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and compressed time for decision-making. In the competitive environment of today‘s global businesses, the complexity of firm-level decisions is further compounded by the temporally and spatially disbursed nature of organizational structures. Thus, it is logical that managers rely upon social computing and communications technologies to enable and facilitate the social network ties in the Enacting stage of competitive activity.

It is also interesting to note that IT Mediation Intensity is lowest in the Firm Performance stage. In this stage, competitive actions have already been abandoned or executed, and have thus begun to have some impact upon Firm Performance. While social computing and computing technologies are still very important in the social network infrastructure in the Firm Performance stage, ties between managers are more IT intensive in the Conceiving stage during initial formation of competitive actions, in the Enacting stage in the evaluation of possible actions and eventual choice of a course of action, and in the Executing stage when managers are actively pursuing a course of action. Firm Performance is a critical discussion among managers; thus, face-to-face, the richest form of communication plays a strong role at this stage.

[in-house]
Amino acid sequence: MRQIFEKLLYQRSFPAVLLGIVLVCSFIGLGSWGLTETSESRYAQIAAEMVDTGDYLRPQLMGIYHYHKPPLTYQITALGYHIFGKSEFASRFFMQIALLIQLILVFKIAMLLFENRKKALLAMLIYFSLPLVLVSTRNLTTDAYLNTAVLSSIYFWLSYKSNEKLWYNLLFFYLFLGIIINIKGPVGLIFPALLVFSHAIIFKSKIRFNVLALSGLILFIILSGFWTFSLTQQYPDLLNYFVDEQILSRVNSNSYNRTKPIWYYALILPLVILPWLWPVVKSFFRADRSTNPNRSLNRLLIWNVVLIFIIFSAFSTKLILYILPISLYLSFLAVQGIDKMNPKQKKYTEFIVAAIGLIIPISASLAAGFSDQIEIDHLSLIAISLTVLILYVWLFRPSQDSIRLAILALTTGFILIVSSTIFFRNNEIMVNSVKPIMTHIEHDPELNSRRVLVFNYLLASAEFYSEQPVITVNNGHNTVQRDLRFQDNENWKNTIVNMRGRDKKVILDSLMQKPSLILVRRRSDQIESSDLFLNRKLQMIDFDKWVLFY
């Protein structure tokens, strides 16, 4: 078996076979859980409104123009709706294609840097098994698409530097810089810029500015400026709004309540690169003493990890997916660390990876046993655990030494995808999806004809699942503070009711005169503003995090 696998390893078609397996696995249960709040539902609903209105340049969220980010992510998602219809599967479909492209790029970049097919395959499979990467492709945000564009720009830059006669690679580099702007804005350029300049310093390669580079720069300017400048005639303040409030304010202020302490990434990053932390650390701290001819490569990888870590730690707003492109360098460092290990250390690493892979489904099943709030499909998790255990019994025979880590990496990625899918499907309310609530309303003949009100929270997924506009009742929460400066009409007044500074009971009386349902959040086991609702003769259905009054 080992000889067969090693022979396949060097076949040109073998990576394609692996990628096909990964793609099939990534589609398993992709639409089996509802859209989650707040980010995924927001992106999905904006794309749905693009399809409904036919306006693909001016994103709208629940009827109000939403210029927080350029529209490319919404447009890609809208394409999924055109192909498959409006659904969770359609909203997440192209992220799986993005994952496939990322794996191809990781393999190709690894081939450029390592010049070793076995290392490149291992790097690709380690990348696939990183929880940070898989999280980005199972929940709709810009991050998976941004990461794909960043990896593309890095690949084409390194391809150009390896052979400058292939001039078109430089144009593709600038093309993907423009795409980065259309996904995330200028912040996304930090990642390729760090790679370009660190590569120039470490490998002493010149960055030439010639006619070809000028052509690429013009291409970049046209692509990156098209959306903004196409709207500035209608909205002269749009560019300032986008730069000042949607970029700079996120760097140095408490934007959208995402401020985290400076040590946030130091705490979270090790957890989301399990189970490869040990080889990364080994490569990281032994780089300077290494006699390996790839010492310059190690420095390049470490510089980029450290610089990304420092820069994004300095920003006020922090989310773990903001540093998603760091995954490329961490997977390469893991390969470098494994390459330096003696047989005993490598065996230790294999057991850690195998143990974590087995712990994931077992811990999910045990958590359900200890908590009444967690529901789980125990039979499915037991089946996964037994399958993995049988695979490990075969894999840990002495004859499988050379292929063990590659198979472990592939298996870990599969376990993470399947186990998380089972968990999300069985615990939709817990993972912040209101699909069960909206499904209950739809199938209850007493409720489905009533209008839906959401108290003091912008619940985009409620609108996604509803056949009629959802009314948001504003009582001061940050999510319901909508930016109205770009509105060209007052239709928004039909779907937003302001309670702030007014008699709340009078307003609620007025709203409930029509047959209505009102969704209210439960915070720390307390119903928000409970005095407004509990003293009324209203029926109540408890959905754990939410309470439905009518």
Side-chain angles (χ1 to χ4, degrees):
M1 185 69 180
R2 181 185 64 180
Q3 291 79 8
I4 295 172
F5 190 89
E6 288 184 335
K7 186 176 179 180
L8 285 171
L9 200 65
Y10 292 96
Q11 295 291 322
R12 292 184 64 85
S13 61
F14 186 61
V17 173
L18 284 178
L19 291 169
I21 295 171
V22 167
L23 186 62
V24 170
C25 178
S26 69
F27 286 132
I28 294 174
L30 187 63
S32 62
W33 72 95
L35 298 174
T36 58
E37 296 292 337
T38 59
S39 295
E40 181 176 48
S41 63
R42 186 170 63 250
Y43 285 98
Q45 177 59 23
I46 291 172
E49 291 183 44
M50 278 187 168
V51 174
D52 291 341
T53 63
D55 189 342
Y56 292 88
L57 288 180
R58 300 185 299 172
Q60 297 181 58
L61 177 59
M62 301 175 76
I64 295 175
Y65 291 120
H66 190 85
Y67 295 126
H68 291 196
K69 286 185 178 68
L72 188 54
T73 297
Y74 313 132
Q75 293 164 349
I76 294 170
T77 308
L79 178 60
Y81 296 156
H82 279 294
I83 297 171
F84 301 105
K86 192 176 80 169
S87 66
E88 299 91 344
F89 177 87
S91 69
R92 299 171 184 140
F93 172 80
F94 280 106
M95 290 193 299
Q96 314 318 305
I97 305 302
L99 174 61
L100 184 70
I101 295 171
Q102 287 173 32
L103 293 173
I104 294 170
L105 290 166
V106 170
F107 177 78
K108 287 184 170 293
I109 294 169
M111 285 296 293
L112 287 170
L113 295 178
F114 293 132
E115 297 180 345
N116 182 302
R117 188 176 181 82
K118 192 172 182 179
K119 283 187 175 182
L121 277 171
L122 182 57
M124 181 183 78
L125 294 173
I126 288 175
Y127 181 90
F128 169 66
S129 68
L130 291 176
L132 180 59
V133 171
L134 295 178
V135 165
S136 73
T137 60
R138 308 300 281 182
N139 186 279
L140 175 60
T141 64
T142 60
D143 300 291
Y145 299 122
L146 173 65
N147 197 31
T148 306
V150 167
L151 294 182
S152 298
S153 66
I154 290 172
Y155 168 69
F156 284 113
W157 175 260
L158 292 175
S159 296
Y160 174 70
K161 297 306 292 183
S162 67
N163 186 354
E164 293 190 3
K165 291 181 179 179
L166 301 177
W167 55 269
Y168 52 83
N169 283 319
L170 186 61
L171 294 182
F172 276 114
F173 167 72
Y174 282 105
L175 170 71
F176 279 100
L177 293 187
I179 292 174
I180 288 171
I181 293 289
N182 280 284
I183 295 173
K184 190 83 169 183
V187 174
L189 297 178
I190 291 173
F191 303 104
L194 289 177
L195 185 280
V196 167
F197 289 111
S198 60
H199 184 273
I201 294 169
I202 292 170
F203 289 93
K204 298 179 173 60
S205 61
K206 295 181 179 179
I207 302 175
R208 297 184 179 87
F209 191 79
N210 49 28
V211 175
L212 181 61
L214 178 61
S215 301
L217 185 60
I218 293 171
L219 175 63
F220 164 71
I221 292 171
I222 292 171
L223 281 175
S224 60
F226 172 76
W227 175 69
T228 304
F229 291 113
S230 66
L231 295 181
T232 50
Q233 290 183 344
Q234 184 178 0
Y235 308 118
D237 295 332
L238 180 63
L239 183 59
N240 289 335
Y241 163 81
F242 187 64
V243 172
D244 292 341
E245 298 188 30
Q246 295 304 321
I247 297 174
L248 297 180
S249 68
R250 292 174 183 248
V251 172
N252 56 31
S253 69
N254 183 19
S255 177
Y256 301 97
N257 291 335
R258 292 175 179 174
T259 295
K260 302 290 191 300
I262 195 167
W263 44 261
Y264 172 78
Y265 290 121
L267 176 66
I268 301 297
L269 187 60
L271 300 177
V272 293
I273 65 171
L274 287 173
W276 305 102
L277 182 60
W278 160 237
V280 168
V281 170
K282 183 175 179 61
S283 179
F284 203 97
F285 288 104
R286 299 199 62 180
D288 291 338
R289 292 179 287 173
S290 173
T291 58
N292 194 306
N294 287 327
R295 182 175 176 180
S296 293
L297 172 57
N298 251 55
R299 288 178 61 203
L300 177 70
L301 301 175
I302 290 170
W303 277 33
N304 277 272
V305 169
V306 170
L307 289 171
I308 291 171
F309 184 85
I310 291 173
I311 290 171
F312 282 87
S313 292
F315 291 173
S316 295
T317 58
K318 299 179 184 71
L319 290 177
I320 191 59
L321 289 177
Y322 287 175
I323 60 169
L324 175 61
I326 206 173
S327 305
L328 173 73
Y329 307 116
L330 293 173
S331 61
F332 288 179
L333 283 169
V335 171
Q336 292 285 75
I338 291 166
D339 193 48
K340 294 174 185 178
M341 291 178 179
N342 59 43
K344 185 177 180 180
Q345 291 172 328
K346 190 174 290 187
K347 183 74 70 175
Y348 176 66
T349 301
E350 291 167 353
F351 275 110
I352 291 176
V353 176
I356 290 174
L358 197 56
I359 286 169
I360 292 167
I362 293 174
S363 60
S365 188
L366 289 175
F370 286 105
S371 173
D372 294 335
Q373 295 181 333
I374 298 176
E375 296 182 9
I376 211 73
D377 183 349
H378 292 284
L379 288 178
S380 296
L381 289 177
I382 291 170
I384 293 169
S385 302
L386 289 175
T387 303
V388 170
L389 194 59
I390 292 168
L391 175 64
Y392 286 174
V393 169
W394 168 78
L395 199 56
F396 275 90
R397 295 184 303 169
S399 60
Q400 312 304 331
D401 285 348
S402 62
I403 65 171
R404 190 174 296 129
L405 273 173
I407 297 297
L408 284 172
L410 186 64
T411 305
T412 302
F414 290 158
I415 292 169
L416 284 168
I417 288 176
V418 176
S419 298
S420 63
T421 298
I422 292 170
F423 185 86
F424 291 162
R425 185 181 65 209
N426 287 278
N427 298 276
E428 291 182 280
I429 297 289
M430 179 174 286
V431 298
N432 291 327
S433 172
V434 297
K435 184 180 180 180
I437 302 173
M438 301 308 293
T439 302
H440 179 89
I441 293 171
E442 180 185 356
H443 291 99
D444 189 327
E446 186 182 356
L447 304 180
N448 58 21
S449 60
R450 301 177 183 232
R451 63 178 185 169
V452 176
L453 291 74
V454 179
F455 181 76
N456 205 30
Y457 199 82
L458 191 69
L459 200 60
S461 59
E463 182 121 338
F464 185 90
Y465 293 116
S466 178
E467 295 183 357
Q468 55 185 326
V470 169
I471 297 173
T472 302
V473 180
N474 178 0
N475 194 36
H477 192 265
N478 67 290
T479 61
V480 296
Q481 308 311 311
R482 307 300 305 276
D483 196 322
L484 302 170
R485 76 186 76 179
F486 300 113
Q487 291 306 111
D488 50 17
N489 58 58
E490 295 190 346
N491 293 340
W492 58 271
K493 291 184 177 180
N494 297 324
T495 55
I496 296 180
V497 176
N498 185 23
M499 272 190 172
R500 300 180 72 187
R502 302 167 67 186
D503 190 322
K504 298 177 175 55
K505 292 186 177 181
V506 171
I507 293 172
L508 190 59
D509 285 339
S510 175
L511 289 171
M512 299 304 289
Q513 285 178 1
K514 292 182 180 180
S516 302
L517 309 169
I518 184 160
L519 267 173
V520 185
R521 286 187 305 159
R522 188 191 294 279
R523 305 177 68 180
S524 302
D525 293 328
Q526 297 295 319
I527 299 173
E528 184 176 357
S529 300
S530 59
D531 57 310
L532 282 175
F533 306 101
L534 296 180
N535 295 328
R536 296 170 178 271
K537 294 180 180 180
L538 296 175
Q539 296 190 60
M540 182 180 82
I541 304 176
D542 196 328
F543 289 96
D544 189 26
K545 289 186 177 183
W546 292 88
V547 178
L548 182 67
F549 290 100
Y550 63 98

8.3. Digitally-Mediated Aggregate Cognitive Maps The social network analysis has shown strong evidence of the role of social computing and communications technologies in mediating ties between managers in the competitive dynamics process. Immutable strategic plans are becoming less useful in a world of geographically dispersed organizational participants, rapid technological changes, emerging markets, and shifting market boundaries (Gray, 1986). Today's